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The ecological validity of tests of executive function

Published online by Cambridge University Press:  01 November 1998

PAUL W. BURGESS
Affiliation:
Psychology Department, University College London
NICK ALDERMAN
Affiliation:
Kemsley Brain Injury Rehabilitation Unit, St. Andrew's Hospital, Northampton, U.K.
JON EVANS
Affiliation:
Medical Research Council Applied Psychology Unit, Cambridge, U.K. Oliver Zangwill Centre for Neuropsychological Rehabilitation Trust, Ely, U.K.
HAZEL EMSLIE
Affiliation:
Medical Research Council Applied Psychology Unit, Cambridge, U.K. Oliver Zangwill Centre for Neuropsychological Rehabilitation Trust, Ely, U.K.
BARBARA A. WILSON
Affiliation:
Medical Research Council Applied Psychology Unit, Cambridge, U.K.

Abstract

Ninety-two mixed etiology neurological patients and 216 control participants were assessed on a range of neuropsychological tests, including 10 neuropsychological measures of executive function derived from 6 different tests. People who knew the patients well (relatives or carers) completed a questionnaire about the patient's dysexecutive problems in everyday life, and this paper reports the extent to which the tests predicted the patients' everyday life problems. All of the tests were significantly predictive of at least some of the behavioral and cognitive deficits reported by patients' carers. However, factor analysis of the patients' dysexecutive symptoms suggested a fractionation of the dysexecutive syndrome, with neuropsychological tests loading differentially on 3 underlying cognitive factors (Inhibition, Intentionality, and Executive Memory), supporting the conclusions that different tests measure different cognitive processes, and that there may be limits to the fractionation of the executive system. (JINS, 1998, 4, 547–558.)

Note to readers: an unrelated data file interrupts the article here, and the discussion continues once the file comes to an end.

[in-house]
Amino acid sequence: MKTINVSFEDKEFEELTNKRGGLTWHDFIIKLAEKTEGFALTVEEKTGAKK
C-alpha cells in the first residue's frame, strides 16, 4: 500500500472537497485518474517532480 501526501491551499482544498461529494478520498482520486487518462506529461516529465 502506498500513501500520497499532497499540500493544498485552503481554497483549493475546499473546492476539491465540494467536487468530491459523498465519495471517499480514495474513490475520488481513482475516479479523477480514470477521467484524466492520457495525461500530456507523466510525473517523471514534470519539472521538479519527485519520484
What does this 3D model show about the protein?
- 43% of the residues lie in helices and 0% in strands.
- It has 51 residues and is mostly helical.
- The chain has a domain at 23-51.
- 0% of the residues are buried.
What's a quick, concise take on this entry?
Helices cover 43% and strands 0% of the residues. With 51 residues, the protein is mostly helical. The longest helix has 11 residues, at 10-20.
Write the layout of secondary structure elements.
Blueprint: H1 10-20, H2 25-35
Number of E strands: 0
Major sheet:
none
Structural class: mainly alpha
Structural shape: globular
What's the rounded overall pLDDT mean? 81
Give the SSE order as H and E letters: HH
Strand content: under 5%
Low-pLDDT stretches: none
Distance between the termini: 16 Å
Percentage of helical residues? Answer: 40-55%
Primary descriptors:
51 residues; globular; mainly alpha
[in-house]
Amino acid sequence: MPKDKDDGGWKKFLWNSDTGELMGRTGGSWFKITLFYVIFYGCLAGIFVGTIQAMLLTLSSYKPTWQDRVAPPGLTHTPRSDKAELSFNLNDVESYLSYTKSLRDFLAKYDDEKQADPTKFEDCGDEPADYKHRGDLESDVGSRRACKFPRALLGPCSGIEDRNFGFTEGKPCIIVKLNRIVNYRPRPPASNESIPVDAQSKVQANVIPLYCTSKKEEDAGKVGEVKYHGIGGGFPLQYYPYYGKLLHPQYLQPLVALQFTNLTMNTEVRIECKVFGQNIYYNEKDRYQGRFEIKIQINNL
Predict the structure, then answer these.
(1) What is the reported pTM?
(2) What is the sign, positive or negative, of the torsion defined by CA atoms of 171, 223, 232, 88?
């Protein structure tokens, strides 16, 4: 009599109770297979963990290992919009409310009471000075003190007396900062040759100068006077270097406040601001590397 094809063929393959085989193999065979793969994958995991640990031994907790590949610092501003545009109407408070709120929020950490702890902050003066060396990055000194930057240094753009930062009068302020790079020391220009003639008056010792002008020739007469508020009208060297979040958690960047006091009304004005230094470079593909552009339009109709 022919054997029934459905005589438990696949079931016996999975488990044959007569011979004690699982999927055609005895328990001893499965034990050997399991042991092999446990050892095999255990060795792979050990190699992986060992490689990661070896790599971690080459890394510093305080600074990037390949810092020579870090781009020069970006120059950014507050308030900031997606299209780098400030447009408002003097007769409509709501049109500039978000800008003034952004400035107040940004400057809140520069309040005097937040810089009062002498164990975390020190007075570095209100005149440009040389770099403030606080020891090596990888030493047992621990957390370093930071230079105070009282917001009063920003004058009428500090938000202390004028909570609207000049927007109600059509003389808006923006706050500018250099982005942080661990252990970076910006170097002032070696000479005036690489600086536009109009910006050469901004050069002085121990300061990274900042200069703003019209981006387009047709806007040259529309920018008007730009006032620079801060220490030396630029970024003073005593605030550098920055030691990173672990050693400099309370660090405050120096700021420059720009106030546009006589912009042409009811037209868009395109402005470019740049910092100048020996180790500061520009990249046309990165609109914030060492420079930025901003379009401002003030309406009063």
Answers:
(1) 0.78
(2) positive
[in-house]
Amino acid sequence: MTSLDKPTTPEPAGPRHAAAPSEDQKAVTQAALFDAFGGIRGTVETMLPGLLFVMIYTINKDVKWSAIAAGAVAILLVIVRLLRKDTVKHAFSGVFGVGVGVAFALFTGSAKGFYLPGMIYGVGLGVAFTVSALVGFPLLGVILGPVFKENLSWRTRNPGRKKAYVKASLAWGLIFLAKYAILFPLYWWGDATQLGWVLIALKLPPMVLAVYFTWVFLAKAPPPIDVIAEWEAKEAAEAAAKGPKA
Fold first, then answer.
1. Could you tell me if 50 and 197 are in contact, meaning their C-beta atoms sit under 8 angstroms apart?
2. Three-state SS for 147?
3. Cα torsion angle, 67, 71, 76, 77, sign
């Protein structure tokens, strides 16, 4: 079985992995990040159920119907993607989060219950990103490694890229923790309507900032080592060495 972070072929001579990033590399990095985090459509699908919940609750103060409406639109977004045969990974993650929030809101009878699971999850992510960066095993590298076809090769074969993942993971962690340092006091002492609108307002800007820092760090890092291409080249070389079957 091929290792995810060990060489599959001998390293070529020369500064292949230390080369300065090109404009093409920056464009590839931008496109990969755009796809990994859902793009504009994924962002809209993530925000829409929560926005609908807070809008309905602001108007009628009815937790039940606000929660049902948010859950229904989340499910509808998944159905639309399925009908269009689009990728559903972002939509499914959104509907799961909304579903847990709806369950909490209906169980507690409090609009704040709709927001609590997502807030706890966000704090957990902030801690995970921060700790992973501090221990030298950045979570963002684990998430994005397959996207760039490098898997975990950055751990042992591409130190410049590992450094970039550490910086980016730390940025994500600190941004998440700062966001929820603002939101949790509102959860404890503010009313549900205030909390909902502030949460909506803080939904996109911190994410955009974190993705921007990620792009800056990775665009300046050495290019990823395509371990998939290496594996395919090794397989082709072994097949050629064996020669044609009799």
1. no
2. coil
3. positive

Type
Research Article
Copyright
© 1998 The International Neuropsychological Society

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